Wasn't the B-58 faster than the F-35. I know its irrelevant, but still.


Brigitte April 21, 2013 at 7:02 pm
Rex April 22, 2013 at 8:04 am

The only Question is can this plane go toe to toe with the Harrier? Payload? Delivery? Maneuverability? Range? Speed? Serviceability?
I have seen Harriers do some Amazing feats.
I have seen an F35 take of and land in the same distance needed for a super cub. Nothing as impressive as the Harrier.
Let’s see what we paid for!
It’s time to put up or shut up!
If the F 35 can’t beat the planes it is trying to replace in actual combat, it’s time to pull the plug.


Steven April 27, 2013 at 6:15 am

And it's already outclassed by its potential adversaries. :(


mark a meide April 22, 2013 at 11:58 am

well it look billion dollar jet stay with it joe meide mile city mo


USMC_ATC_SSgt April 22, 2013 at 1:23 pm

Carolina Lawn Dart Mark II


egumpher April 22, 2013 at 3:22 pm

Very well done. Than you Lockheed Martin. Our solders deserve this technology. Remember that the only reason we created a federal government was for military and monetary reasons…….so all the states could fight a common enemy….not to give our money away to entitlement programs……..money well spent…..


Bob G. April 24, 2013 at 7:14 am

I live a couple miles from Shaw AFB in S.C…..Home of the 20th Fighter Wing, employing some 80 F16CJ's!
Look foward to seeing the F35's up close, in action! I think that's about another 4 years off for us.


Jerry April 24, 2013 at 12:28 pm

The real question is how long will it take to melt/burn through a runway when hovering low? I noted he dropped the last few feet to avoid overheating the tarmac. Just a few seconds would melt asphalt and a few more would blast concrete. Wont be taking off from unimproved runways for sure. Certainly wont be doing VTOL with a full ordnance load.


knots April 24, 2013 at 1:37 pm

I guess it's better than a purely vertically landing


Gordon Rowell April 25, 2013 at 4:55 pm

Mr. Rice,
For better or worse, the VSTOL F-35 is supposed to be to replace the harrier. It's designed to take off from short amphibious carriers. We haven't had the A-6 for decades. The Marine Corps is not JUST an elite ground force. They are a self contained combat package that can rely on itself for support. I don't have a particular liking for this aircraft but it does fill a niche. The Air Force has a habit of ordering more and better than it needs. The Marine Corps has to take what it can get. The harrier was known by the nickname "North Carolina lawn dart" for quite awhile. I'm just hoping that they work the bugs out before duplicating the record with this plane.


someone April 26, 2013 at 3:05 pm

The Government should have gone with Boeing's version of the F-35. If memory serves, they liked it better but Lockheed's proposed price tag was lower. It is a common tactic for Lockheed to bid huge contracts significantly lower then realisticly possible. They do this because they know once the Government is on the hook, they will pay more to save face rather than drop them and go with the runner up. Trust me, I've personnaly seen it from the inside.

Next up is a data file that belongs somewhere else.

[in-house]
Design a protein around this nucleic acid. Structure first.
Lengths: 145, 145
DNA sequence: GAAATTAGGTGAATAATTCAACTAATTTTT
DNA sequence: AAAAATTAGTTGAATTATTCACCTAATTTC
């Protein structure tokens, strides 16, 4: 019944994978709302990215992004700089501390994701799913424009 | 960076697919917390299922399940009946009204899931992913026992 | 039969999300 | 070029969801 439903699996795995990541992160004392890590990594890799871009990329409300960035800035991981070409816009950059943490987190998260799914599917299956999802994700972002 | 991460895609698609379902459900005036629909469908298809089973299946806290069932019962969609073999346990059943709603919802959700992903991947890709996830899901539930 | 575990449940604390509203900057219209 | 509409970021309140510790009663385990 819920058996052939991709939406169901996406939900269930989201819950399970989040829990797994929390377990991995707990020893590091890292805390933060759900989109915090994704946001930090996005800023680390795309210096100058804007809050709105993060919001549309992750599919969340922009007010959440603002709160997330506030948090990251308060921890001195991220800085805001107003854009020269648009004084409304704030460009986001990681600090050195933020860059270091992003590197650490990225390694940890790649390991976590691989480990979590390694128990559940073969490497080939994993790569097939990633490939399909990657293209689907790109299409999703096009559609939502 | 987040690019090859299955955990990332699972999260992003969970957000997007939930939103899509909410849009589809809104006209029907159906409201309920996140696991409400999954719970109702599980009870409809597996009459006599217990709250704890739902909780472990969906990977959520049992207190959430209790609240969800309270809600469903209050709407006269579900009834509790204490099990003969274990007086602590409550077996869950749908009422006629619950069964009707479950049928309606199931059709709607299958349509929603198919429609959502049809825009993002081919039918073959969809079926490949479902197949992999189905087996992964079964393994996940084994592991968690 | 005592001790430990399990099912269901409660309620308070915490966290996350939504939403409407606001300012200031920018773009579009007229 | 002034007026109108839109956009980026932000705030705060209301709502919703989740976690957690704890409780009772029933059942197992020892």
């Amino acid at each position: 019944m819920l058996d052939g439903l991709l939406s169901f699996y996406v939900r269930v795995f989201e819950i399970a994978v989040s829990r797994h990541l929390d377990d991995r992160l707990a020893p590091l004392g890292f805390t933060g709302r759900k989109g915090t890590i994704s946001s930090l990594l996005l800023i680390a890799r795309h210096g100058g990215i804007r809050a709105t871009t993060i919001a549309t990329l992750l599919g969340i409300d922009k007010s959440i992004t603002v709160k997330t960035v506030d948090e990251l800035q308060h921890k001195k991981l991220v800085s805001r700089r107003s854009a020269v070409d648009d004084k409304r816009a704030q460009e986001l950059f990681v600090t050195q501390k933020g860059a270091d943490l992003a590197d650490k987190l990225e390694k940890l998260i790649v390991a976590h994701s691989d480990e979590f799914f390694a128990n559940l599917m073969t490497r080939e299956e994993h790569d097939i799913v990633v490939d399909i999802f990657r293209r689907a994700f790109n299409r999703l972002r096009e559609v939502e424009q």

Steven April 27, 2013 at 6:18 am

I concur


Rawlo April 28, 2013 at 12:46 pm

that actually isn't the Canopy. It's more more for the airflow induction for it to hover. Airflow comes in through the top and directs it beneath the plane like a hovercraft. I think.


nik April 29, 2013 at 12:54 pm

The F-22 can still fly circles around this heavy maneuverable piece of junk. Scrap the F-35 and make a multirole F-22. The F-22 has already proven that it can fly and do everything the F-35 still has to prove.


russellwmcconnell April 29, 2013 at 1:58 pm

I'm not an engineer. I wish I were. I love science and engineering. Instead, I am a theologian and philospher, and it seems to me that that spectacular cost-overruns, technical short-comings, and disappointing deliverables on metrics are no big deal as long as everyone feels good about their individual opinions. Isn't that where we are in America today? Please don't delude yourself into thinking that they weakening of our love of truth that spawned the scientific method isn't now also affecting the outcomes of our modern science.


mayrockwood April 29, 2013 at 7:20 pm

Very cool.


wdan April 30, 2013 at 4:22 pm

how about a final landing and NO future takeoff's?…spend our $$ elsewhere more productive…this gas hog cannot carry any ordinance to speak of and not very far at that…how many generals and admirals will be working for LM and other contractors after they retire and we continue to pay for this pig?


Quantaray April 30, 2013 at 11:27 pm

The F35 and F22 were supposed to the be the pinnacle of manned fighter jets. A lot of people think that manned fighters are obsolete. The navy has unmanned aircraft testing their landing capabilities on carriers now.

The range of missiles and now laser weapons means that dogfighting is soon to be a thing of the past. The next world war is happening right now, and is the dream of science fiction writers from previous centuries. A state of constant, low level perpetual warfare. How much of our freedoms should we give away to protect our precious lives?